Rumors circulating inside the Palestinian Authority regarding possible replacements for Prime Minister Salam Fayyad are being discredited by at least one of those being named. Sources have been reporting that Munib Al-Masri and Dr. Mohammad Mustafa are under consideration to replace Fayyad instead of PA President Mahmoud Abbas taking on the additional role that some Hamas members are arguing would be illegal to do. Both rumored candidates are renowned leaders in Palestinian financial circles and would arguably placate Western governments that have looked to the US-educated, former World Bank official Fayyad to provide a level of comfort relative to the handling of large aid contributions from donor states.
But while a source close to Abbas told The Media Line that serious consideration of Al-Masri and Mustafa is underway, Mustafa himself denied there is room for anyone but Abbas. “Hamas and Fatah agreed in signing the Doha agreement that Abbas would take on the role of prime minister in addition to the presidency,” Mustafa said. “The parties have agreed that President Abbas will be the leader of the government. So no more candidates. The president is the person nominated to do the job. He has to be the president. There is no way for anyone else to do so under terms of the agreement.”
Mustafa said the focus now is not on selecting an alternative to Abbas as prime minister but on completing the process and getting the elections set as soon as possible.
The conflicting versions of events-to-be both exude reasonableness. With governments including the United States not comfortable about funding a unity government that includes Hamas, which is listed on the US State Department’s terror list, there is heightened sensitivity about caving in to Hamas’ demand that Fayyad be removed from the roster of ministers in the pending interim cabinet that is supposed to govern until elections can be held. One theory is that replacing Fayyad with men whose bona fides in Palestinian commerce are established will go far in preventing the replacement from being an issue. Underscoring that point, Al-Masri and Mustafa each have points of confluence with Prime Minister Fayyad in their educational and professional resumes.
A well-placed source speaking anonymously because he was not authorized to speak on the record told The Media Line that above all, “the requisite is being someone who can handle money and is a technocrat.” Al-Masri and Mustafa both fill the bill. Al-Masri, an octogenarian who created much of the Palestinian financial infrastructure including its stock exchange, leading holding company and largest telecommunications company, was twice asked by Yassir Arafat to be his replacement as president, a role he reportedly turned down a total of three times.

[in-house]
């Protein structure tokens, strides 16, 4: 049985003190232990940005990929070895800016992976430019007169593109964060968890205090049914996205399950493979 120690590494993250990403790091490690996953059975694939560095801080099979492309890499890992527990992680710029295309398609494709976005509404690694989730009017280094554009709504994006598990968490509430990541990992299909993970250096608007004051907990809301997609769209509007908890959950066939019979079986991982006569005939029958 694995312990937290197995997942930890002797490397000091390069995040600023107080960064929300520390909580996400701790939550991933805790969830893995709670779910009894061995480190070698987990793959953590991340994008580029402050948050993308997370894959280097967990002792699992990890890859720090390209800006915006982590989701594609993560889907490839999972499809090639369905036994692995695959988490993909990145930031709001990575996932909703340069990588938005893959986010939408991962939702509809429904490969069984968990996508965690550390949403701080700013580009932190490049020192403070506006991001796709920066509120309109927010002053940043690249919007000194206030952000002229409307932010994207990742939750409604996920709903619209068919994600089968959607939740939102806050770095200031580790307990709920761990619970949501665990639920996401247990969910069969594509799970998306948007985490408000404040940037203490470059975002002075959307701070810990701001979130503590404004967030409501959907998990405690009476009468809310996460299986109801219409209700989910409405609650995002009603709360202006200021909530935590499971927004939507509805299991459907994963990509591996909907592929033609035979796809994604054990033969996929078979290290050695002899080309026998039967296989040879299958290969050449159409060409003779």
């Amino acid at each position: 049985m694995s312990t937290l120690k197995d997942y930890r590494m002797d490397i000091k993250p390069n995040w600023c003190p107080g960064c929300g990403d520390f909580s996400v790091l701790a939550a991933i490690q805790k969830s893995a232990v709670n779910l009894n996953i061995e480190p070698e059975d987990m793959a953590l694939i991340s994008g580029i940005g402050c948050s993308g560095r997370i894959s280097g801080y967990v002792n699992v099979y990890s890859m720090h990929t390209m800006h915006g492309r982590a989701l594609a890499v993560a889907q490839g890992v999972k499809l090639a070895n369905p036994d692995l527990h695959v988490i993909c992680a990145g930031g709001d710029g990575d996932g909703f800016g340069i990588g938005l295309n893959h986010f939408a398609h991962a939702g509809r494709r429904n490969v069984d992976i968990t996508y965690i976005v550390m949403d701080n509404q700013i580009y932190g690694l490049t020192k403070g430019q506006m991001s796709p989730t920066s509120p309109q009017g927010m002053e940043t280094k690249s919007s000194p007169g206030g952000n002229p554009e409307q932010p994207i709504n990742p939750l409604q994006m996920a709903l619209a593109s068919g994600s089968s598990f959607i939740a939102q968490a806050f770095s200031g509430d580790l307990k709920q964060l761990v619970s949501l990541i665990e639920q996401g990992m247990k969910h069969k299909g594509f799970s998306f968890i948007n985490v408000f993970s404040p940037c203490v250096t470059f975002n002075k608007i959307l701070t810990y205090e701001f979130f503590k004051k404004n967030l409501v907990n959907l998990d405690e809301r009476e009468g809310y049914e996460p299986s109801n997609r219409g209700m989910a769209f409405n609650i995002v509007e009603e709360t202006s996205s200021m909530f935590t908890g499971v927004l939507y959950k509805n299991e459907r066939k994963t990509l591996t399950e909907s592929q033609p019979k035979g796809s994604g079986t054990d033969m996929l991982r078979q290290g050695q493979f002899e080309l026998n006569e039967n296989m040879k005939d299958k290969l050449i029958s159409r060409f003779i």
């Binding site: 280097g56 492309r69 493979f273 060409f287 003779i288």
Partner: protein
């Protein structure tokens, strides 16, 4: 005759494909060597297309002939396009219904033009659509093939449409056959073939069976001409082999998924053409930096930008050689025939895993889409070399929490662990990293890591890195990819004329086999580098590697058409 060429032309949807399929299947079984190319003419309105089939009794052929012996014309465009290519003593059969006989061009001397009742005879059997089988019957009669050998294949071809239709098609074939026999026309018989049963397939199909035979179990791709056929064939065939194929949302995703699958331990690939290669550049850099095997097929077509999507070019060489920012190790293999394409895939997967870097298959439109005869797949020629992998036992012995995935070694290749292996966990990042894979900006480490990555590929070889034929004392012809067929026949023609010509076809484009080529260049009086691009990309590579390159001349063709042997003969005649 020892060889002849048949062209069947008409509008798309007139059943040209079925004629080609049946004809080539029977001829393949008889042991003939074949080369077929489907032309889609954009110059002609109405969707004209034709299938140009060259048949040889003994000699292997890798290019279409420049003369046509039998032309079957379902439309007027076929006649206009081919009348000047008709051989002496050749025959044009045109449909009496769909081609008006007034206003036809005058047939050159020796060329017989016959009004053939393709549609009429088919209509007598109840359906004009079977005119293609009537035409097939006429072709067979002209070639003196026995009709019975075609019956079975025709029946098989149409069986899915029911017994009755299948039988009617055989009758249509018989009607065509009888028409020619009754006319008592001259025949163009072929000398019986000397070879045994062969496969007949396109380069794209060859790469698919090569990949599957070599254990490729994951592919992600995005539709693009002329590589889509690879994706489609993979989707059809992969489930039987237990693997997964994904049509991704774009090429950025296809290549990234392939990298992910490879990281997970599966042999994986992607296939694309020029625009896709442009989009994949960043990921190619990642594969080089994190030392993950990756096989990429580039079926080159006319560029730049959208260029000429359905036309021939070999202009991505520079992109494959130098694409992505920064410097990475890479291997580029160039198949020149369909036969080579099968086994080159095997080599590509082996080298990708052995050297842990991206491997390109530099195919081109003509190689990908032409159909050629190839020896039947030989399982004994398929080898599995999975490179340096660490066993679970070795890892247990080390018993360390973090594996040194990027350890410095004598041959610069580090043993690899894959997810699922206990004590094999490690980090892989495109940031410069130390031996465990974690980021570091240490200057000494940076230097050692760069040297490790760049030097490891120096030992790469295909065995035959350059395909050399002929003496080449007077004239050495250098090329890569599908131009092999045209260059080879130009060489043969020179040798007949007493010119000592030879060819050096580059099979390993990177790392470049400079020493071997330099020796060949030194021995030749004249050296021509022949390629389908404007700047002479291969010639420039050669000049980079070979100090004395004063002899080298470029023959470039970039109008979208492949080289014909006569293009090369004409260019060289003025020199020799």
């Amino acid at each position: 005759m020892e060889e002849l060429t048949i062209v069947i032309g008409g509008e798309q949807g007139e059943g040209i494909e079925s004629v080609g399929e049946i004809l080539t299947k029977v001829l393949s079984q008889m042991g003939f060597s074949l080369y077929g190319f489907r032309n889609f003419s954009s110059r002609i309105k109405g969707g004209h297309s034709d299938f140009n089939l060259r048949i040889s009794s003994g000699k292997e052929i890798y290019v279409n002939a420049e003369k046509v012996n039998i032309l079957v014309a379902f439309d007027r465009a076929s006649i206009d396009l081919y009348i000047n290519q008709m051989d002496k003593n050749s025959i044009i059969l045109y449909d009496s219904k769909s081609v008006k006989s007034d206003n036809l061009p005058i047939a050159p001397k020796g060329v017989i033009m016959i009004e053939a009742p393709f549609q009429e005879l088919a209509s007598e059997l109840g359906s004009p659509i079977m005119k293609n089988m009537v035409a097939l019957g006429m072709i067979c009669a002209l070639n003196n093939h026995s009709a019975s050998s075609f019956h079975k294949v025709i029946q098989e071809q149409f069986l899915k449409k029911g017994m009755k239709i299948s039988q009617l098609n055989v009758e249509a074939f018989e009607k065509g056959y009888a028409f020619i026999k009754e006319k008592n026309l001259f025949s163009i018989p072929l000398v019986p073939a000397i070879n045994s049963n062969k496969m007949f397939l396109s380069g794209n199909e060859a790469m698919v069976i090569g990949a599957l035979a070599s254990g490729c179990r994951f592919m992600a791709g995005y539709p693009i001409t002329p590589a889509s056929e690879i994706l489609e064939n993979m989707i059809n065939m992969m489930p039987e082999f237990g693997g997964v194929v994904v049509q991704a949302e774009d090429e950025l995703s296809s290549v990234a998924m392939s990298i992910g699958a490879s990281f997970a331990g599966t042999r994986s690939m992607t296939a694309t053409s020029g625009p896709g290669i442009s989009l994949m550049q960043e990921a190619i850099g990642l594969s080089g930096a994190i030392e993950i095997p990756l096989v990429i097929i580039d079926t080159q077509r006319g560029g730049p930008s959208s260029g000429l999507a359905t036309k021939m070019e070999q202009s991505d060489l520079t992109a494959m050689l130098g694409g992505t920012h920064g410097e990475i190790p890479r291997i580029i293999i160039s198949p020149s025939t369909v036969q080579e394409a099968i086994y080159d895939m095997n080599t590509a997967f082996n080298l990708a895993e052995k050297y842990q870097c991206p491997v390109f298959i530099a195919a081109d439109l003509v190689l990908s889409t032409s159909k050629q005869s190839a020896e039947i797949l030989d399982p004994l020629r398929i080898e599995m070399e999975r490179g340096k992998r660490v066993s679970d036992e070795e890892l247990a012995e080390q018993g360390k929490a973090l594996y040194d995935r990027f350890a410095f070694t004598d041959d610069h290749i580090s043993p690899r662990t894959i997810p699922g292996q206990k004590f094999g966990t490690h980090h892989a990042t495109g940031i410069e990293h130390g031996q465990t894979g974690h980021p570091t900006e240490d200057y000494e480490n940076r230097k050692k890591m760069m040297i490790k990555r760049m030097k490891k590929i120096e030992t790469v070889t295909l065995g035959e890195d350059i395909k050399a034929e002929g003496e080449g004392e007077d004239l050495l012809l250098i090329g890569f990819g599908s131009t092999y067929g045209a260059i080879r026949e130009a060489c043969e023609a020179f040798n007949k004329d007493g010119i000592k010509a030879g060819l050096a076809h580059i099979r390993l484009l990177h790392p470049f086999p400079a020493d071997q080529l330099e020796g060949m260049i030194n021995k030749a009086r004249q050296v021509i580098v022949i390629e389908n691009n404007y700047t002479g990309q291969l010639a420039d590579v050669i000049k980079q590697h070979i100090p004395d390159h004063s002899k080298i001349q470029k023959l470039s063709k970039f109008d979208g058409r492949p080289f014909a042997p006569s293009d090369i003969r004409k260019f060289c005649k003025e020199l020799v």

Al-Masri remains active and as a measure of the respect afforded to him, played a key role in early reconciliation talks between Fatah and Hamas. And like Fayyad, his American alma mater is the University of Texas at Austin.
Dr. Mustafa serves as Chairman and CEO of the Palestine Investment Fund (PIF) and is President Abbas’ economic adviser. Like Fayyad, he spent more than a decade at the World Bank following his education in the United States. Mustafa’s Master’s degree and Ph.D. were awarded by George Washington University.
Asked about Israeli objections to the unity government, Mustafa told The Media Line that “the Israelis need to negotiate with their counterpart. And their counterpart as negotiators for the Palestinians is the PLO.” When asked whether he believes Congress will cut off aid, Mustafa replied that “some voices in Congress” are making that threat, but he doesn’t expect that line of thought to carry the day.
Sources inside the Palestinian Authority are characterizing the initiation of the interim body as “imminent.” Eyes are on Cairo where on Wednesday Abbas joins the Reconciliation Committee as it seeks to tidy up remaining details and perhaps establish a firm timetable for events. If that happens, Abbas’ appearance at an Arab League event in Doha on Thursday will take on the air of a victory lap by a man who insisted all he seeks is retirement.